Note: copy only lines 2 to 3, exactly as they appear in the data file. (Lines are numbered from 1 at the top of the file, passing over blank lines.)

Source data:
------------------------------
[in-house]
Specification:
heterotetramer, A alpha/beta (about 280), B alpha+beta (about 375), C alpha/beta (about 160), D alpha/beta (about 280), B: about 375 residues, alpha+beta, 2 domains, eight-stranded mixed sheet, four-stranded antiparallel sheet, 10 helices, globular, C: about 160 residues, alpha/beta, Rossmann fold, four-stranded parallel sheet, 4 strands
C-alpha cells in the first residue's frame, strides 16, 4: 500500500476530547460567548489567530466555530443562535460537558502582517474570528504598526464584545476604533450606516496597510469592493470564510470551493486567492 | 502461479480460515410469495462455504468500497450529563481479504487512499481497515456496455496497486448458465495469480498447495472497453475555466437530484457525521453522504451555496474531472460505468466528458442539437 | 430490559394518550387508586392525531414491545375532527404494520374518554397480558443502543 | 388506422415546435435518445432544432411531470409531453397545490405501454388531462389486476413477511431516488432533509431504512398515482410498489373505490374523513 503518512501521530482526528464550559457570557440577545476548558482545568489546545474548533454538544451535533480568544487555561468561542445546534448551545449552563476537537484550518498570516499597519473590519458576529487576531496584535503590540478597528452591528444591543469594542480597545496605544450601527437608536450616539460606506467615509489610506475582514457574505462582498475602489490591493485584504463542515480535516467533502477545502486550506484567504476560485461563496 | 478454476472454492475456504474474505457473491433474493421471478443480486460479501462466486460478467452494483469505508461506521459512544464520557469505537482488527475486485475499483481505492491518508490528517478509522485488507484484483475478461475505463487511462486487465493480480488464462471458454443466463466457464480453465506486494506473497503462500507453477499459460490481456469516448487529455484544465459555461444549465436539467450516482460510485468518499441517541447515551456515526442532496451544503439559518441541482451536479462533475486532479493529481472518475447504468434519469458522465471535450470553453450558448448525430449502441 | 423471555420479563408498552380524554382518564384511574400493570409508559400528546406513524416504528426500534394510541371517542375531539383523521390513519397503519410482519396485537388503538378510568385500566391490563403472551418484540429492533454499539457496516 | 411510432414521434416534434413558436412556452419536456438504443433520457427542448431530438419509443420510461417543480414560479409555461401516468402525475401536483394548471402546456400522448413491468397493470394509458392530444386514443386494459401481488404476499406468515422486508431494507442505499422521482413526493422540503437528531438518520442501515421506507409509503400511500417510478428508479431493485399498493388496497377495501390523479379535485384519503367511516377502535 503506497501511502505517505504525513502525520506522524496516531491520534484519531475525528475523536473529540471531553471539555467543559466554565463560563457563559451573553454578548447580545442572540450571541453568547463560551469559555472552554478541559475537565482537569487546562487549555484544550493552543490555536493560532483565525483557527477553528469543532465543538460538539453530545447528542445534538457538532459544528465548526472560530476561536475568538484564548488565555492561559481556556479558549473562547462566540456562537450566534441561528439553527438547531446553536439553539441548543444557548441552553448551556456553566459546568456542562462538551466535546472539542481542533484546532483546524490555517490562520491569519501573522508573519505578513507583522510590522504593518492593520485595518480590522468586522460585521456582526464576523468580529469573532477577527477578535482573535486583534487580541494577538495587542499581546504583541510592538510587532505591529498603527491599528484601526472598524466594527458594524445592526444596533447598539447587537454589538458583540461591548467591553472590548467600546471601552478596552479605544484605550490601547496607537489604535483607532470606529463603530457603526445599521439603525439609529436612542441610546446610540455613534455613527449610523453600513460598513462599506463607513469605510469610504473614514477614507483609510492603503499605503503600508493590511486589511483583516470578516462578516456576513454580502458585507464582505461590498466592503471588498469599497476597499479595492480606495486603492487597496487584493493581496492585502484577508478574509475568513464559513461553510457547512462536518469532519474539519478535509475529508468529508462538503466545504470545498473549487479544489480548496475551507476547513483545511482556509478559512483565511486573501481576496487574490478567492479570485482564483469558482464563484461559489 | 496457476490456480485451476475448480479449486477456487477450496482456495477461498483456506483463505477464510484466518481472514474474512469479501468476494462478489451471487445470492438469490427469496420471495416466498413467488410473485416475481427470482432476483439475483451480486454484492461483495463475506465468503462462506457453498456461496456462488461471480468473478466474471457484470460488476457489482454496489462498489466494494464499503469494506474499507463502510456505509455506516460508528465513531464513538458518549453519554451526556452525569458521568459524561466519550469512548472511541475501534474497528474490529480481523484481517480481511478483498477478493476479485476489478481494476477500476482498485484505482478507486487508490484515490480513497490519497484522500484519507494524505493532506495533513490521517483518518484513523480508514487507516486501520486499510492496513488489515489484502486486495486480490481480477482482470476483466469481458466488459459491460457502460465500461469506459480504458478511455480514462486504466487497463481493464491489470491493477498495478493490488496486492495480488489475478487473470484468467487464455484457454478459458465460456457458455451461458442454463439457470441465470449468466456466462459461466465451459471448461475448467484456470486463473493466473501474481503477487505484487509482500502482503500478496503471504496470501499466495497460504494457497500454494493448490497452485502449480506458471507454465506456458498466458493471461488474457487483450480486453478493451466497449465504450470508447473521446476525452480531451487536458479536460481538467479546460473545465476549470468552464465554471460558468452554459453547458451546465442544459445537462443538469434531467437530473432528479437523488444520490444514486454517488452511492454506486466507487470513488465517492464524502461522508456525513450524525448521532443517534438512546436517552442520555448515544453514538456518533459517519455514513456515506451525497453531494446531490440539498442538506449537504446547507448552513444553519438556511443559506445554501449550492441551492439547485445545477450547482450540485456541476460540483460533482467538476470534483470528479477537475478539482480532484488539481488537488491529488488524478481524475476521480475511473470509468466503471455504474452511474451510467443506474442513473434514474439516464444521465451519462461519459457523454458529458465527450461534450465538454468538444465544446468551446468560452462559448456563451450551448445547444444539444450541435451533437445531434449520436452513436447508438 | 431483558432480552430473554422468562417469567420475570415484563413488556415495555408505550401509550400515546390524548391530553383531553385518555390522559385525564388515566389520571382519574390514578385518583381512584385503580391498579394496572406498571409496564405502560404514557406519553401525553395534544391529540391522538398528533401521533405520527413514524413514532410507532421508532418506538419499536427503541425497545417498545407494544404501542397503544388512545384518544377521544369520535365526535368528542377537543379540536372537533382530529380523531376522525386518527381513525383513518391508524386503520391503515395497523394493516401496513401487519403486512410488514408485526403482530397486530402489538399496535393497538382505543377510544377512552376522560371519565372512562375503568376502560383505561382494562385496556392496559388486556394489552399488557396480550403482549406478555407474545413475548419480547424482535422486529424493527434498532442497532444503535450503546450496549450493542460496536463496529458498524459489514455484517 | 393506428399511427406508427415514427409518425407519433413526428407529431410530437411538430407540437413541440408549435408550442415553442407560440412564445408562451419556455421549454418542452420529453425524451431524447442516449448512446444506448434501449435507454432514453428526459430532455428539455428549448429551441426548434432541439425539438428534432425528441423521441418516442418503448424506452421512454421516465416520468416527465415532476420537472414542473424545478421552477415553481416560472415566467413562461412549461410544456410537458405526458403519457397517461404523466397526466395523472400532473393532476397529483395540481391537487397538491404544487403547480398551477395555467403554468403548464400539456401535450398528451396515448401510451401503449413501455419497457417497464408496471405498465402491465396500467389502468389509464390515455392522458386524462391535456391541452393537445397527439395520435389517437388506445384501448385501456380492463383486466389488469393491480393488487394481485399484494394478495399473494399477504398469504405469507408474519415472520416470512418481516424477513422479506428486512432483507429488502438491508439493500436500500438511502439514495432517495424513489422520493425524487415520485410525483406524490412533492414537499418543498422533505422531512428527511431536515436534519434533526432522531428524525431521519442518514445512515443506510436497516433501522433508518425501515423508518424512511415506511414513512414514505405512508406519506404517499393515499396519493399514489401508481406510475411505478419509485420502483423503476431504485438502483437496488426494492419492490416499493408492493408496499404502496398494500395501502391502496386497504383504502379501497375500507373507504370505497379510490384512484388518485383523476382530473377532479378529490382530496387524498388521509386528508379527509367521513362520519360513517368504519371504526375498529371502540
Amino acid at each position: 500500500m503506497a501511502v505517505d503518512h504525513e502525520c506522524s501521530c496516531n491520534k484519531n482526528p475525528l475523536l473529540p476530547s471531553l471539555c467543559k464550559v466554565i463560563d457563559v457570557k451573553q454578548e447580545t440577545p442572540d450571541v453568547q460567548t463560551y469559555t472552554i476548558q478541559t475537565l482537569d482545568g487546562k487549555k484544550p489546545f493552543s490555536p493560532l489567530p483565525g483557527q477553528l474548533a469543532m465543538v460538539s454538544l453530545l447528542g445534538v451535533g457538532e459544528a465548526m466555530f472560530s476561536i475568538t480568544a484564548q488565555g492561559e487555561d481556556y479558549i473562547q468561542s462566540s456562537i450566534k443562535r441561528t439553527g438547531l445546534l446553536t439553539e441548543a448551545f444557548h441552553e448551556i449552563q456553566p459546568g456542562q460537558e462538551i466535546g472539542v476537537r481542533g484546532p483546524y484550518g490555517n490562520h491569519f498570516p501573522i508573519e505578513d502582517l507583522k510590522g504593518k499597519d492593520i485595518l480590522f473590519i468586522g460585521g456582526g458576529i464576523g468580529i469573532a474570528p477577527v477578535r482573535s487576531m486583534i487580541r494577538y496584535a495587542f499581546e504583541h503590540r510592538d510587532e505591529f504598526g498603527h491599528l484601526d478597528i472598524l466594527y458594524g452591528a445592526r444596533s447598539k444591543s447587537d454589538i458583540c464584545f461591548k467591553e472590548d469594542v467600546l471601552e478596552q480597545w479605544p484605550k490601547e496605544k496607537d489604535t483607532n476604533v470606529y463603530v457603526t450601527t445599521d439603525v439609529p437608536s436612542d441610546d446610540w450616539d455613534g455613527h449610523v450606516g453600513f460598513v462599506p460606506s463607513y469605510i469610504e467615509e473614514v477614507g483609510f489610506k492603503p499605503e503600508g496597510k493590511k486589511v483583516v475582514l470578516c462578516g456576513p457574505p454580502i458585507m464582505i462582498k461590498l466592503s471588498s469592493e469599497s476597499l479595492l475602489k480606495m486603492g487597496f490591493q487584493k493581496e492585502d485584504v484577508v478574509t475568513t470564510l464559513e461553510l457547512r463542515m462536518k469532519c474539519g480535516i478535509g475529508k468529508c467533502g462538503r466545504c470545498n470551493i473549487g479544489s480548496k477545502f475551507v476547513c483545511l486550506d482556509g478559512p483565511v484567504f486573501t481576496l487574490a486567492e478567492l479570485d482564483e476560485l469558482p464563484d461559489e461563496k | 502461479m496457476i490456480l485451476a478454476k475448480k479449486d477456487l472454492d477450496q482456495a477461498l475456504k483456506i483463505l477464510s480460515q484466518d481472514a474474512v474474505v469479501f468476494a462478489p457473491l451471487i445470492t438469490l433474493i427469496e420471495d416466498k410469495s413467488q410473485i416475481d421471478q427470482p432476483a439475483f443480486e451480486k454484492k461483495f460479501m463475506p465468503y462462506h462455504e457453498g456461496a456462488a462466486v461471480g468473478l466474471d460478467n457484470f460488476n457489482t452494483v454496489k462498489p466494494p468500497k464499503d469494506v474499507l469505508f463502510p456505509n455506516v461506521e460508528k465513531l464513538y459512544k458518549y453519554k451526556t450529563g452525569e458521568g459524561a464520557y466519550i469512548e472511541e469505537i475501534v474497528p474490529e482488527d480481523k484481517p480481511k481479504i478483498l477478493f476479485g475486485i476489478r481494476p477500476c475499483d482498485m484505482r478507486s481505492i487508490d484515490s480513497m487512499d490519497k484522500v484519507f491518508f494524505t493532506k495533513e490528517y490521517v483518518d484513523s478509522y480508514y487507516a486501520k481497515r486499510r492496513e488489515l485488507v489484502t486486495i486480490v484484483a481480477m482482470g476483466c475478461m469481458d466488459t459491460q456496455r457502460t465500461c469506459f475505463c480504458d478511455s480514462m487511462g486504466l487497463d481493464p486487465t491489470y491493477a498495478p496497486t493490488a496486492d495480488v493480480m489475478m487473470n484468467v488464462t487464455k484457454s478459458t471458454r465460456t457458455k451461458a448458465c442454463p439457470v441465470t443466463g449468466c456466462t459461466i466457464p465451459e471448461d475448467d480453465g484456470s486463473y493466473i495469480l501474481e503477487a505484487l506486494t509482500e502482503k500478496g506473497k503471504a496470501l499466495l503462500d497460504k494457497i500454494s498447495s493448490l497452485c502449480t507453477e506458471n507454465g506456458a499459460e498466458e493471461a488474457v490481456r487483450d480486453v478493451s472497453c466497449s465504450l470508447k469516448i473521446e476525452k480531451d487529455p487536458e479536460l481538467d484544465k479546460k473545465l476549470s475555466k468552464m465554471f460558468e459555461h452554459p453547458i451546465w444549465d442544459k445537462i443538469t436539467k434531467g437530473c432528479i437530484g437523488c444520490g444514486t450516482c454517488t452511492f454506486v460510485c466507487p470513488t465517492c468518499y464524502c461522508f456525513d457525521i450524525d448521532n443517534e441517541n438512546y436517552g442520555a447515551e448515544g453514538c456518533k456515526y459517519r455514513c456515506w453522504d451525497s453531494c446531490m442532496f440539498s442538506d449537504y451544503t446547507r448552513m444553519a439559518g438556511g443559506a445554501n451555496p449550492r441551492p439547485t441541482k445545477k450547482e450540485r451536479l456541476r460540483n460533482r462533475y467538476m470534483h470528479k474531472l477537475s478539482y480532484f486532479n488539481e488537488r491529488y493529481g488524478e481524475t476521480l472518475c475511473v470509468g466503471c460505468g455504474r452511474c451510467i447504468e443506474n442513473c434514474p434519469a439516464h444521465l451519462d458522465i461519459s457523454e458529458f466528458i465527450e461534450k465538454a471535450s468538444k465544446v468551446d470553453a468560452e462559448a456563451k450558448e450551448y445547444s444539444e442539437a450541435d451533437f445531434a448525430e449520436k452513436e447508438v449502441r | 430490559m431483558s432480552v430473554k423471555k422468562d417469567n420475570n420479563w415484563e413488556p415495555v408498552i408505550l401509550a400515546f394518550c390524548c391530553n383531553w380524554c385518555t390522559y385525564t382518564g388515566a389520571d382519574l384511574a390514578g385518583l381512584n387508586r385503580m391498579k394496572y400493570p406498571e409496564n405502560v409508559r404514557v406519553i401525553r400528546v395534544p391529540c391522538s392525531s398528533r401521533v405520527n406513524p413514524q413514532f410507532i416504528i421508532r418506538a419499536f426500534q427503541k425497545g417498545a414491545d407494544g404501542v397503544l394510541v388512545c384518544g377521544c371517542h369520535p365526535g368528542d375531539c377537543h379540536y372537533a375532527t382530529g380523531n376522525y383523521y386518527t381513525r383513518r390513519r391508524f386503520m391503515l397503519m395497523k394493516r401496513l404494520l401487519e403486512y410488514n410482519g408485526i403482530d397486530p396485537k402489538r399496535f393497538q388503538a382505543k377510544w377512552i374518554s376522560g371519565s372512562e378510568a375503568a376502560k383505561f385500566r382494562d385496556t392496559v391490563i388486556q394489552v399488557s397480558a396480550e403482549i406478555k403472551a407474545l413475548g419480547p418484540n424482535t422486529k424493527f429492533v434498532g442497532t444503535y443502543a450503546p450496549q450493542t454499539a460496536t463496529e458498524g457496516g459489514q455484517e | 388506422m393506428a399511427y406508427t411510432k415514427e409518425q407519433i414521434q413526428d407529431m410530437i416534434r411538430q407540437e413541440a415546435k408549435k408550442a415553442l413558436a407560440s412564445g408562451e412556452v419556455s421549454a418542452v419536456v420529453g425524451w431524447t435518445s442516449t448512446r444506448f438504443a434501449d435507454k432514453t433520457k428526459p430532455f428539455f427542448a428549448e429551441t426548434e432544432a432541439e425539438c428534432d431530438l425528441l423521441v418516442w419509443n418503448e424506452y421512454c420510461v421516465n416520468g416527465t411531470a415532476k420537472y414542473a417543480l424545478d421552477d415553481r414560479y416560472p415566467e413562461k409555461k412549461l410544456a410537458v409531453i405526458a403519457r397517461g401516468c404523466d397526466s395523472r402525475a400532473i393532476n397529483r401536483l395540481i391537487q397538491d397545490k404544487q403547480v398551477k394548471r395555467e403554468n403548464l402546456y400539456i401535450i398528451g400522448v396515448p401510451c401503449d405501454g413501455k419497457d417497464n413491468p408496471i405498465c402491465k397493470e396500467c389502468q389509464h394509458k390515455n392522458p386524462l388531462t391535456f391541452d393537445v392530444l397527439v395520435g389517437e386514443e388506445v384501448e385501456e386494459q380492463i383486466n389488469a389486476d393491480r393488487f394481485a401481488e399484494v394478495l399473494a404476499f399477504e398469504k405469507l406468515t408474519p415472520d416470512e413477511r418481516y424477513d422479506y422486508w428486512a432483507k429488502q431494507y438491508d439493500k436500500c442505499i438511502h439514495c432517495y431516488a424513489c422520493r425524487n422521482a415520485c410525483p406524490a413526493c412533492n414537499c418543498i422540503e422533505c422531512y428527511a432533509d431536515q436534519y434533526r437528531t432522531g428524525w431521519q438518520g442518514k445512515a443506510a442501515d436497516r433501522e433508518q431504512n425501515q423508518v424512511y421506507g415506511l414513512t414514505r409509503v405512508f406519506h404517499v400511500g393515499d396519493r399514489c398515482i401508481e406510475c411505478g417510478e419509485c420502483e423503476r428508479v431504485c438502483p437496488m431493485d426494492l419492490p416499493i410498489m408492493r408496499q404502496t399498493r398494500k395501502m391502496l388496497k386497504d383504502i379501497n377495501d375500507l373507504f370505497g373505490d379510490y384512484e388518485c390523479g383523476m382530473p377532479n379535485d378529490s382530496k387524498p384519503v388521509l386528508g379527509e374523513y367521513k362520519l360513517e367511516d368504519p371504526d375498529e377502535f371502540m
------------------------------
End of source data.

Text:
Specification:
heterotetramer, A alpha/beta (about 280), B alpha+beta (about 375), C alpha/beta (about 160), D alpha/beta (about 280), B: about 375 residues, alpha+beta, 2 domains, eight-stranded mixed sheet, four-stranded antiparallel sheet, 10 helices, globular, C: about 160 residues, alpha/beta, Rossmann fold, four-stranded parallel sheet, 4 strands